I spent ages trying to remember another story about a little girl in a valley who survived a nuclear war but her peace is shattered when a man in a survival suit walks into town, soooo relieved when I remembered it ('Z for Zachariah').

Silvercrest April 15 2013 06:34 AM

Re: Children's scifi and fantasy: an appeal to your collective memory
 
Quote:

stj wrote: (Post 7944463)
For some reason, the first makes me think of The Spaceship Under the Apple Tree by Louis Slobodkin.

Quote:

Klaus wrote: (Post 7944718)
The first one could be The Wonderful Flight to the Mushroom Planet, also older and part of an awesome series by Eleanor Cameron.

I thought of both of those as well.

Plain Simple April 15 2013 11:45 PM

Re: Children's scifi and fantasy: an appeal to your collective memory
 
Thanks for all your suggestions. In my searches I had already come across "The Wonderful Flight to the Mushroom Planet", but I don't think that's the one. The story description of "The Spaceship Under the Apple Tree" sounds closer, but I don't think it's that one either. For one, there doesn't seem to be a Dutch translation, and I'm almost sure I read it in Dutch.

As for the other story, the description of the Outer Limits episode seems quite different from what I remember, so that's not the direction I should be thinking in. For example, I don't remember there being any spaceship in that story. But then, I don't remember a lot of things that actually were in the story... But I remember it as more of an adventure story with traveling around to world to find all these children (I think there were four or five or so) for some magical purpose or so. But it played in a somewhat modern setting I think, not a medieval 'fantasy' setting.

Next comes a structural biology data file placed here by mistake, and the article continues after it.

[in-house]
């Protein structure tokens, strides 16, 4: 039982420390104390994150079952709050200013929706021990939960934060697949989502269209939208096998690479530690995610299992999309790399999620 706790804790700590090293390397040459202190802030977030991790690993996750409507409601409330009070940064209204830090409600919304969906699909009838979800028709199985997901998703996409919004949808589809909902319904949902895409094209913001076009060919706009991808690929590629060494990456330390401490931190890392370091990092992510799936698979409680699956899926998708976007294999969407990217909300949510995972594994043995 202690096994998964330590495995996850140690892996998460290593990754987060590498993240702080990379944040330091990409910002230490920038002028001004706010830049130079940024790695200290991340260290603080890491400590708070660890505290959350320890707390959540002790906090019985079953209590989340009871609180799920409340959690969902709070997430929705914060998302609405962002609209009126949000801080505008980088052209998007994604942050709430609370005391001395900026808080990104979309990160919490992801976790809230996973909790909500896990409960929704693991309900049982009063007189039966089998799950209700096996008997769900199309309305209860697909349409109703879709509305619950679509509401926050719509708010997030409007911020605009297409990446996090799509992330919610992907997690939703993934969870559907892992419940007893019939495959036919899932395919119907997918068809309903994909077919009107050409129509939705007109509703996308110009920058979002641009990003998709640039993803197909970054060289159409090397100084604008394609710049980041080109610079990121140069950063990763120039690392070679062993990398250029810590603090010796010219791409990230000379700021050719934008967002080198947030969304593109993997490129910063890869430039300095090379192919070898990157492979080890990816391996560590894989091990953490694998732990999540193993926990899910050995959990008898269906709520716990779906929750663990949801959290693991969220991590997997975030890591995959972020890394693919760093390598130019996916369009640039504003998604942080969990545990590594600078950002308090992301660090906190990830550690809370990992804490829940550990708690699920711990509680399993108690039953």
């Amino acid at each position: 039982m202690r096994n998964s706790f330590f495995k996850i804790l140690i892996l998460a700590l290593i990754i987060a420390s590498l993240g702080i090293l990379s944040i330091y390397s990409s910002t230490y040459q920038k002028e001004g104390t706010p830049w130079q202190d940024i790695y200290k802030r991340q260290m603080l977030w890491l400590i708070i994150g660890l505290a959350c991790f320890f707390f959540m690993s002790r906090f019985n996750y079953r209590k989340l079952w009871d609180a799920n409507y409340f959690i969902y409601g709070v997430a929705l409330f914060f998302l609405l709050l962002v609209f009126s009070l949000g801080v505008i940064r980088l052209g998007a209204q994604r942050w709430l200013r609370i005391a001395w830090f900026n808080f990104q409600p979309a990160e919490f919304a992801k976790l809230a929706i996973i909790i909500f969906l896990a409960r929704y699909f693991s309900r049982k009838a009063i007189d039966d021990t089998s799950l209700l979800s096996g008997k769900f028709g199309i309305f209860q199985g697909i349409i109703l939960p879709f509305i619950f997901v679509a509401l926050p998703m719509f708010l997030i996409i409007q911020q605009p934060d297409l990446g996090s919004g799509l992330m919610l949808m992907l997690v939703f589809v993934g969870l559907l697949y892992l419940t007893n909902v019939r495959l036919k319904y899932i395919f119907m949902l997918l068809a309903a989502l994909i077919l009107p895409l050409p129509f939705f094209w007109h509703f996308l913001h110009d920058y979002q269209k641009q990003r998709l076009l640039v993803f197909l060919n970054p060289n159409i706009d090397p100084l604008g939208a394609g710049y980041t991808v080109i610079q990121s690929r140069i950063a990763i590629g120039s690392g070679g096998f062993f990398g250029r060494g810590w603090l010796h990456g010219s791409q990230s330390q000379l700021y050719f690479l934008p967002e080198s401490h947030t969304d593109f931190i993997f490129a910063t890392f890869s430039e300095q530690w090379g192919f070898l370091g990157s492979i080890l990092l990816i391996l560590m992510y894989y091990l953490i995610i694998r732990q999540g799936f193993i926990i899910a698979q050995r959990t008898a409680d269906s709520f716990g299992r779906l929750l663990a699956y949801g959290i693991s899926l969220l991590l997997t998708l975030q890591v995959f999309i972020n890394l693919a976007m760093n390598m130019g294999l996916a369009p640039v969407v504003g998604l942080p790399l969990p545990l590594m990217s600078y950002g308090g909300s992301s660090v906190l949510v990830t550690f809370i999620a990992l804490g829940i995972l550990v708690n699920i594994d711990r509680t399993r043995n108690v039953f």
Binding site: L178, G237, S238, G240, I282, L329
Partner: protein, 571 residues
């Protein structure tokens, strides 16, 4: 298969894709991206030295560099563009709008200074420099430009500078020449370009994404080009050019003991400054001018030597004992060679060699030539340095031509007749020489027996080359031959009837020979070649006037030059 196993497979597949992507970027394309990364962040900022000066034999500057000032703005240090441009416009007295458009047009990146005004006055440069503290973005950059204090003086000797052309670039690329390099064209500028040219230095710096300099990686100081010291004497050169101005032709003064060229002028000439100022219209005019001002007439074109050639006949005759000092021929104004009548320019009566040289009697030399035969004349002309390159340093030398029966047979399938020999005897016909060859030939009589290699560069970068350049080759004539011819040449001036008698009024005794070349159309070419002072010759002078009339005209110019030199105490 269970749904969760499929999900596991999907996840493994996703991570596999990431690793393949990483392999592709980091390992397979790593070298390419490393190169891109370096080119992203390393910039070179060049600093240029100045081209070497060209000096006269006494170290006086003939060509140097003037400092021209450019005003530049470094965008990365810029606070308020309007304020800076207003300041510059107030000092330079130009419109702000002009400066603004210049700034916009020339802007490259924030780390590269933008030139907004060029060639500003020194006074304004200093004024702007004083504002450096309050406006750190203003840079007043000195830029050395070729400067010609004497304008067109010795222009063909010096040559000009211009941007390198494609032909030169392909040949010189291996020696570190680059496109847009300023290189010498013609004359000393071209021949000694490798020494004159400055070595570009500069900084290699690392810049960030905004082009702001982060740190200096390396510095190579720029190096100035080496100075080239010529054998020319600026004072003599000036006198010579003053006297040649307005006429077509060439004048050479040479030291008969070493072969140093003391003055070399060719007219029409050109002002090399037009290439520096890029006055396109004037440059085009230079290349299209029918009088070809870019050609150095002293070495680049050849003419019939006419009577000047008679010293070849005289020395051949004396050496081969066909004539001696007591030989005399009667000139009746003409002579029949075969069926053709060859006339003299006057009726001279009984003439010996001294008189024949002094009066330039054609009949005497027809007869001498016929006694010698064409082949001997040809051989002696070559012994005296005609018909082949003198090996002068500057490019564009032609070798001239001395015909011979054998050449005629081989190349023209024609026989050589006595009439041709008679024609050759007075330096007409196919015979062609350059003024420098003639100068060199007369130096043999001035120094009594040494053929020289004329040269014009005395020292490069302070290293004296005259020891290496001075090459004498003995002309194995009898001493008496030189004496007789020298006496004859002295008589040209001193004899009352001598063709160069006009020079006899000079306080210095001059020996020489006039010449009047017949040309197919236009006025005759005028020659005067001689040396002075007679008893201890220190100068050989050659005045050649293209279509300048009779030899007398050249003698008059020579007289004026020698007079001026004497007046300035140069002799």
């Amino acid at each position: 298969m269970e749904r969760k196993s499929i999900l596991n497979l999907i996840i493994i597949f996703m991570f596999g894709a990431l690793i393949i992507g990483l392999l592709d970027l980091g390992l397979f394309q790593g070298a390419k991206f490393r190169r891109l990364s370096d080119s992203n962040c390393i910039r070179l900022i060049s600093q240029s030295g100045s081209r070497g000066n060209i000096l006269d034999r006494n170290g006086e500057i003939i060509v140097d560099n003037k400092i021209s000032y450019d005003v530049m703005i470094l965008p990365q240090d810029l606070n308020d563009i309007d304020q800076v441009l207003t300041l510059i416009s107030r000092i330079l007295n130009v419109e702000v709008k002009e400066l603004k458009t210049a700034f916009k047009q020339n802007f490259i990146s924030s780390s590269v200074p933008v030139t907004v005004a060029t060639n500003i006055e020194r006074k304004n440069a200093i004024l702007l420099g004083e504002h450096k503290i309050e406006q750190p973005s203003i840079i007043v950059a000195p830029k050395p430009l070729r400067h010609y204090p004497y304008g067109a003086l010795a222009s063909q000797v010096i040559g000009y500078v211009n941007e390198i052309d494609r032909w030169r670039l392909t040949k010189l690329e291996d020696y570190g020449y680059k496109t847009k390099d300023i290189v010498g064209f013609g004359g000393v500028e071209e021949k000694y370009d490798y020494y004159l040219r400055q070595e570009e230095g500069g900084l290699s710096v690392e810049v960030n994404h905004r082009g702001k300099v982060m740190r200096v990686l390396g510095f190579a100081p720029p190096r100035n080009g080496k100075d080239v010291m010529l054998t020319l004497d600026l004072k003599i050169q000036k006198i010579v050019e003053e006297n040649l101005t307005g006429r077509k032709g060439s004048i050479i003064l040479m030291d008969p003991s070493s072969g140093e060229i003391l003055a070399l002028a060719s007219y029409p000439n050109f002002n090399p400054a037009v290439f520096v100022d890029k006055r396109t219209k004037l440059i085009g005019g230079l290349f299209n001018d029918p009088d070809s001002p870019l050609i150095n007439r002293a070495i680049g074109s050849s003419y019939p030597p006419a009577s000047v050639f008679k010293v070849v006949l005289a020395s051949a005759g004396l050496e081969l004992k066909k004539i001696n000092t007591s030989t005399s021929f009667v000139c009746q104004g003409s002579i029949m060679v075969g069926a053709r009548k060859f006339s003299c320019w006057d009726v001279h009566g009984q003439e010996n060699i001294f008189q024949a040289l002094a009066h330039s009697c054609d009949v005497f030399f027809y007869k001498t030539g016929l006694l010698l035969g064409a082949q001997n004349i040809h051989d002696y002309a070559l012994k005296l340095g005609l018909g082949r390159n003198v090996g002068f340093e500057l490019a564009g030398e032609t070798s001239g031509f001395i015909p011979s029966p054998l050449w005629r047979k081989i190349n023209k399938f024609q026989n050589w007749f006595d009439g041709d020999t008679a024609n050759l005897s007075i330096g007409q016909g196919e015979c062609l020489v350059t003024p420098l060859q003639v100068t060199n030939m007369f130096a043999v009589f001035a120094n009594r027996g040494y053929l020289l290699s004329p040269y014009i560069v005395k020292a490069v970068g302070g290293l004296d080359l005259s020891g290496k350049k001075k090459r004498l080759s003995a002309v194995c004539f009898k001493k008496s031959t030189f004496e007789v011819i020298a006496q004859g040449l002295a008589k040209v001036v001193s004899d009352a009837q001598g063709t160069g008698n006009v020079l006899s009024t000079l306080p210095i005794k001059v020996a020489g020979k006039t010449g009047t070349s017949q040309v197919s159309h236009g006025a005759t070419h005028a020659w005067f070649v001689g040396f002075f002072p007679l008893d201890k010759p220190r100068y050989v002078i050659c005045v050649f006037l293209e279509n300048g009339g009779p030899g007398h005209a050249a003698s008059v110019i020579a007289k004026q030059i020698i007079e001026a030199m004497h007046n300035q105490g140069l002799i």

Plain Simple April 16 2013 12:03 AM

Re: Children's scifi and fantasy: an appeal to your collective memory
 
I did some more searching and came across the Pentagram series by Anthony Horowitz. I can't be sure they are the books of my second question, but the descriptions and publishing dates are promising. And they have been translated into Dutch.

Plain Simple April 16 2013 12:10 AM

Re: Children's scifi and fantasy: an appeal to your collective memory
 
Quote:

Plain Simple wrote: (Post 7949821)
I did some more searching and came across the Pentagram series by Anthony Horowitz. I can't be sure they are the books of my second question, but the descriptions and publishing dates are promising. And they have been translated into Dutch.

Apparently he has rewritten all books in this series recently under the name The Power of Five. This confused me at first, since the dates were too recent. But the original (unfinished) series seems to fit my time period constraints.

Plain Simple April 16 2013 12:16 AM

Re: Children's scifi and fantasy: an appeal to your collective memory
 
Hmm.... I seem to be lucky in my searches today. I've searched for books fitting these descriptions in the past, but today I am finding titles that could be the correct ones. The science fiction story I remember reading might actually be a Dutch one: "Schakelfout" by Henk van Kerkwijk (1970).

spot_loves_data April 16 2013 11:07 AM

Re: Children's scifi and fantasy: an appeal to your collective memory
 
If you haven't found your books yet, you should post your question here: http://tvtropes.org/pmwiki/query.php...tion&type=ykts

They helped me find the name of an obscure tv show I only vaguely remembered. No one I'd talked to over the years had any idea what I was talking about, but tvtropes users gave me the answer in a few days. Once you log into the site, the "post new entry" button will appear.

Plain Simple April 16 2013 04:08 PM

Re: Children's scifi and fantasy: an appeal to your collective memory
 
Quote:

spot_loves_data wrote: (Post 7951657)
If you haven't found your books yet, you should post your question here: http://tvtropes.org/pmwiki/query.php...tion&type=ykts

They helped me find the name of an obscure tv show I only vaguely remembered. No one I'd talked to over the years had any idea what I was talking about, but tvtropes users gave me the answer in a few days. Once you log into the site, the "post new entry" button will appear.

Thanks for the advice!